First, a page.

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According to Wolfram Alpha, input:integral csc x

it is -log[cot(x) + csc(x)] + constant

You can verify this by taking the derivative of the purported integral.

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The anti-derivative of cscx is secx.

Q: What is the anti-derivative of co secant x?

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By antiderivative do you mean integral? If yes, integral x^1 dx= (x^2)/2

(that weird integral or antiderivative sign) x^(-6/5) dx =-5*x^(-1/5)

Secant is a trignometric function. In a right triangle, the secant of an angle is the hypotenuse over the adjacent side. It is also the inverse of cosine. For example secant(x) = 1/cos(x)

It is the reciprocal of the sine ratio.

2*pi radians.

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Antiderivative of x/-1 = -1(x^2)/2 + C = (-1/2)(x^2) + C Wolfram says antiderivative of x^-1 is log(x) + C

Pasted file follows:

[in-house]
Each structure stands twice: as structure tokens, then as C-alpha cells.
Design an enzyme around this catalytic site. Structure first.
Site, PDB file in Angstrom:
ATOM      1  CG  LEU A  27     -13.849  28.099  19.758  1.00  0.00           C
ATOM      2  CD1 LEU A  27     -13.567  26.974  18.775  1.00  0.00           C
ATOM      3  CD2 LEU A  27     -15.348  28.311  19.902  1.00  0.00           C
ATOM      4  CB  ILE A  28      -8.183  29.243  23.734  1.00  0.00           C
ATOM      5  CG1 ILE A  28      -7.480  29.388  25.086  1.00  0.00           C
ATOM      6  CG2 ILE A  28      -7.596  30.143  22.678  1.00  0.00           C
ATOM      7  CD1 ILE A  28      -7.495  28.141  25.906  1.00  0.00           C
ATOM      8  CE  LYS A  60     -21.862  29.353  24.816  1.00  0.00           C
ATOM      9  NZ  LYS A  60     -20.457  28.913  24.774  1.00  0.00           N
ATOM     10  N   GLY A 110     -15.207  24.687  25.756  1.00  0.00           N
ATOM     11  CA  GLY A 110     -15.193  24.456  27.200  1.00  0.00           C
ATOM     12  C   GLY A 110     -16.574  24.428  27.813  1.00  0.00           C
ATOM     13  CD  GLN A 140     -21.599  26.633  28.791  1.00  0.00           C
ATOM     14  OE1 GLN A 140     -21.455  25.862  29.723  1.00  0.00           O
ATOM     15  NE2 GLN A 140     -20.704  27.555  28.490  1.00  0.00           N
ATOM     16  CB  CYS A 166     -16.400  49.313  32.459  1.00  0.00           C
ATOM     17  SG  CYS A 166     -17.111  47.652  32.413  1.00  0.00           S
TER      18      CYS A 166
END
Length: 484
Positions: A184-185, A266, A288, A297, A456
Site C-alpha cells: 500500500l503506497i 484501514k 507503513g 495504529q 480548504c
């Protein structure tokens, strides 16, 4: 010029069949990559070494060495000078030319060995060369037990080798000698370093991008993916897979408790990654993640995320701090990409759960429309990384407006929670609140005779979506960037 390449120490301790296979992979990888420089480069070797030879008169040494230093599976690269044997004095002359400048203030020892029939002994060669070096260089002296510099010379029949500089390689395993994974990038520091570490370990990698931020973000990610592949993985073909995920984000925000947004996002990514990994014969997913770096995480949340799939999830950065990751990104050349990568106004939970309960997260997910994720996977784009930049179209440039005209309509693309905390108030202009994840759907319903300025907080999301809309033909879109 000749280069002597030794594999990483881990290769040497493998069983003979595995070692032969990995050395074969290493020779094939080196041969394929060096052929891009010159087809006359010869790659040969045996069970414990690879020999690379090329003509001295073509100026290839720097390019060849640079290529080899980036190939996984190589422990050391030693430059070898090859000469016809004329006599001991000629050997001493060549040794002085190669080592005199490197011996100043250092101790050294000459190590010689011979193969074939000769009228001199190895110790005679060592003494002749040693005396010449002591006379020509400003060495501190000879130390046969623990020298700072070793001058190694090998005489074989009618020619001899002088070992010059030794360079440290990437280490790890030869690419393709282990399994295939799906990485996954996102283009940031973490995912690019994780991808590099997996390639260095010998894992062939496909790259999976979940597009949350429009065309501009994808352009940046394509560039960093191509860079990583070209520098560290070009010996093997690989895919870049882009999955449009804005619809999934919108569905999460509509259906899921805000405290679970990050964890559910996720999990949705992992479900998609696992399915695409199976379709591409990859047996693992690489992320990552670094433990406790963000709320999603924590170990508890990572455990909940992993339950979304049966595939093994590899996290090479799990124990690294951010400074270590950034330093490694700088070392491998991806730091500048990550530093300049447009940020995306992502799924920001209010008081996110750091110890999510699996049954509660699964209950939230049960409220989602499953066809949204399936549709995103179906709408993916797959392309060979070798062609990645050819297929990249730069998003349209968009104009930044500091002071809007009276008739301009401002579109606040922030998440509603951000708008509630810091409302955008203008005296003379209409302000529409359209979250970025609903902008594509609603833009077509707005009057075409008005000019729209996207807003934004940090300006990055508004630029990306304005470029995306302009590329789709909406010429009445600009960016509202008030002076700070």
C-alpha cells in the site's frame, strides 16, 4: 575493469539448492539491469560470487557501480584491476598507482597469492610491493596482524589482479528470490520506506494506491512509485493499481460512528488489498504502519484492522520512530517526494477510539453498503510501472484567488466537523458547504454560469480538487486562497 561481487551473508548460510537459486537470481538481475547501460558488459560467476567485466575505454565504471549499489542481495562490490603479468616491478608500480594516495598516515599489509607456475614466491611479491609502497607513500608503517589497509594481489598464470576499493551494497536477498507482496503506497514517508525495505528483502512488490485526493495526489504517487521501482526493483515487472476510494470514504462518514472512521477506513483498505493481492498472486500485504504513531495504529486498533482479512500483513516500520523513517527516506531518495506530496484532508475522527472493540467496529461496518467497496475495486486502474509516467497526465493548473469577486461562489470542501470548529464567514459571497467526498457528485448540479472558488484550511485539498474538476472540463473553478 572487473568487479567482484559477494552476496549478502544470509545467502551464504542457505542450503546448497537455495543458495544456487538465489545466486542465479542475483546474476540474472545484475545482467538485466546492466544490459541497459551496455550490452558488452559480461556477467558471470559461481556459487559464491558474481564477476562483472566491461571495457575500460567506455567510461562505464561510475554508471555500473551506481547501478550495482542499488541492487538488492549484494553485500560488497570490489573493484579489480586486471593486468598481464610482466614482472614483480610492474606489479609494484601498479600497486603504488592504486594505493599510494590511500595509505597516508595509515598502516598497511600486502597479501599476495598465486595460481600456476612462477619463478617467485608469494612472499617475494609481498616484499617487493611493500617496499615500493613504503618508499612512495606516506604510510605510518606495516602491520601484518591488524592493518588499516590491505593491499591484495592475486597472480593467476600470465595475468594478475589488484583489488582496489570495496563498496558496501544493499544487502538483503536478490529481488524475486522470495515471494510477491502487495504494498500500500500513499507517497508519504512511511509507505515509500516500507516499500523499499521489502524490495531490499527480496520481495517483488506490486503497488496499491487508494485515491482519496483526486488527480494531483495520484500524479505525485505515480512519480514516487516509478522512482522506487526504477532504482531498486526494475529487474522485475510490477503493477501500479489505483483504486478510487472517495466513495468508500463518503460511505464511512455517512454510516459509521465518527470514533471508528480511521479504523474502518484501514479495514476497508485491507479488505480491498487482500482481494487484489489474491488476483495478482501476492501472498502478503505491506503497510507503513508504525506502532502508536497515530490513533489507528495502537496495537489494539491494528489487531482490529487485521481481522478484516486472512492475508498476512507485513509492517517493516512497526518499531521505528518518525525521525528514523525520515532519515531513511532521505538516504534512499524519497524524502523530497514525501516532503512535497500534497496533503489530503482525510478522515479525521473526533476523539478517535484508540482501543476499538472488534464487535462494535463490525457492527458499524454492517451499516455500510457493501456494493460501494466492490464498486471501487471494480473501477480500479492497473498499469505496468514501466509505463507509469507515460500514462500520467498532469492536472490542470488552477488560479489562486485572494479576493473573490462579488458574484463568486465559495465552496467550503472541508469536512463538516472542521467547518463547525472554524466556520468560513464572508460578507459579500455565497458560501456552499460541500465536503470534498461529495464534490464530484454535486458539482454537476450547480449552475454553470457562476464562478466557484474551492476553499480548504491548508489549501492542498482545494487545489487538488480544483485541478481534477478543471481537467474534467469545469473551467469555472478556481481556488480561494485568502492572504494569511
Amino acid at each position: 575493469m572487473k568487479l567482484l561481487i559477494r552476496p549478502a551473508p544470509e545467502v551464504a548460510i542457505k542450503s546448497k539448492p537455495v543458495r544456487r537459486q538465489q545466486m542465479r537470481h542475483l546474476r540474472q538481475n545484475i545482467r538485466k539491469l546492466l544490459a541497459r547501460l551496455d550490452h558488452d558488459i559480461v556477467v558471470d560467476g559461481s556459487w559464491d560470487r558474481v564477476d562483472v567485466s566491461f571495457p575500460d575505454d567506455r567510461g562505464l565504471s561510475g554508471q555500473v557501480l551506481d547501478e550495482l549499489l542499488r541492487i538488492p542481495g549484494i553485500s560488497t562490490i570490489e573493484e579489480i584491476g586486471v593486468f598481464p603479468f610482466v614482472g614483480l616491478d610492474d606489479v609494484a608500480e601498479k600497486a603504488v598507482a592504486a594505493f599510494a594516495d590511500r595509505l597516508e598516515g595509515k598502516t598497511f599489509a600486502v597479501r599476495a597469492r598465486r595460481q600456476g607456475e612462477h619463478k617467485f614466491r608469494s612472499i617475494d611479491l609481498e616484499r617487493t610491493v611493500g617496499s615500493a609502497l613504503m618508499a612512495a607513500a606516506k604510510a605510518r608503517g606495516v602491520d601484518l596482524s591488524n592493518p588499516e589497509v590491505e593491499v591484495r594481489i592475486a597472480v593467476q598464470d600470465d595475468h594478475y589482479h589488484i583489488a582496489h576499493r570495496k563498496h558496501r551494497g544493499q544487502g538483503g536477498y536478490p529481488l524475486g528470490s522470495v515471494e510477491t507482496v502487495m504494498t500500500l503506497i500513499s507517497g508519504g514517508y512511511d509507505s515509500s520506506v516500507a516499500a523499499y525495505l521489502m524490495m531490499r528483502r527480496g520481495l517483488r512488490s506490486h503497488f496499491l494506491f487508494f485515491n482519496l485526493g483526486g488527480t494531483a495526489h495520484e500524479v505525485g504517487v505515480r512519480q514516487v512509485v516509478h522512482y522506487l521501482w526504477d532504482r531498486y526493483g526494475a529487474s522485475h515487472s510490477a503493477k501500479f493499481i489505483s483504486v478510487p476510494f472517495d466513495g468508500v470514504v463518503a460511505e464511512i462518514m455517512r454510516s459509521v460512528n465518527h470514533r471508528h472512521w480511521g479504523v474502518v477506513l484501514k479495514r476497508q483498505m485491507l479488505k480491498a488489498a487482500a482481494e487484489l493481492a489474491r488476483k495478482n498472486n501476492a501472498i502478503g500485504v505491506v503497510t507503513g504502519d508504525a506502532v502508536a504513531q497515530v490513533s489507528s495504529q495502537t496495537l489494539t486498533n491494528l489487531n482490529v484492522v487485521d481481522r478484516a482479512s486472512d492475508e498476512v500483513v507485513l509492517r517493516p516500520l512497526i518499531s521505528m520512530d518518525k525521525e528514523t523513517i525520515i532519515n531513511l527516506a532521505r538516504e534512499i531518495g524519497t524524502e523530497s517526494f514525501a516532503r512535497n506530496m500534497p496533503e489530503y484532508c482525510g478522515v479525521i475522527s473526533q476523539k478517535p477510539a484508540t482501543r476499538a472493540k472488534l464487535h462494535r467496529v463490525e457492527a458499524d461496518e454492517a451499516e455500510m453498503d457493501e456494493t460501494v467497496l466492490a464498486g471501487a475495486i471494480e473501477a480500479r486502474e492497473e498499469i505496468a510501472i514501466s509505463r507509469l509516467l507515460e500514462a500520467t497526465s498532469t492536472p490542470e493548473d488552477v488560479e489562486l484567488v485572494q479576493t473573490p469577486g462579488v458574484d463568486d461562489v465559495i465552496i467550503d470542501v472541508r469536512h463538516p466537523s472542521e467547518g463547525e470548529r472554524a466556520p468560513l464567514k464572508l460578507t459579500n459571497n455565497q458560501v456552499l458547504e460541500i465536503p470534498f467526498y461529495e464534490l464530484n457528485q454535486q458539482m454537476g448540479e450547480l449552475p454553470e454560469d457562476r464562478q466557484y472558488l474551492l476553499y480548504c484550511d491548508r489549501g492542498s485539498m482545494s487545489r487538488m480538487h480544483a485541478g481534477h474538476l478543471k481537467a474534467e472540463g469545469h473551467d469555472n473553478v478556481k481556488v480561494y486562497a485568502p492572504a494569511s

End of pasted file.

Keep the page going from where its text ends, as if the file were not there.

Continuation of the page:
By antiderivative do you mean integral? If yes, integral x^1 dx= (x^2)/2

Elephant

(that weird integral or antiderivative sign) x^(-6/5) dx =-5*x^(-1/5)

-e-x + C.

It is -exp (-x) + C.

Secant is a trignometric function. In a right triangle, the secant of an angle is the hypotenuse over the adjacent side. It is also the inverse of cosine. For example secant(x) = 1/cos(x)

It is 360 degrees.

2*pi radians.

It is the reciprocal of the sine ratio.

cosecant(x) = 1/sin(x) = -1sin(x) = -1x = 270 degrees(plus or minus any whole multiple of 360 degrees)

That's right. cosecant(x) = 1 / sine(x), so you would get a division by zero.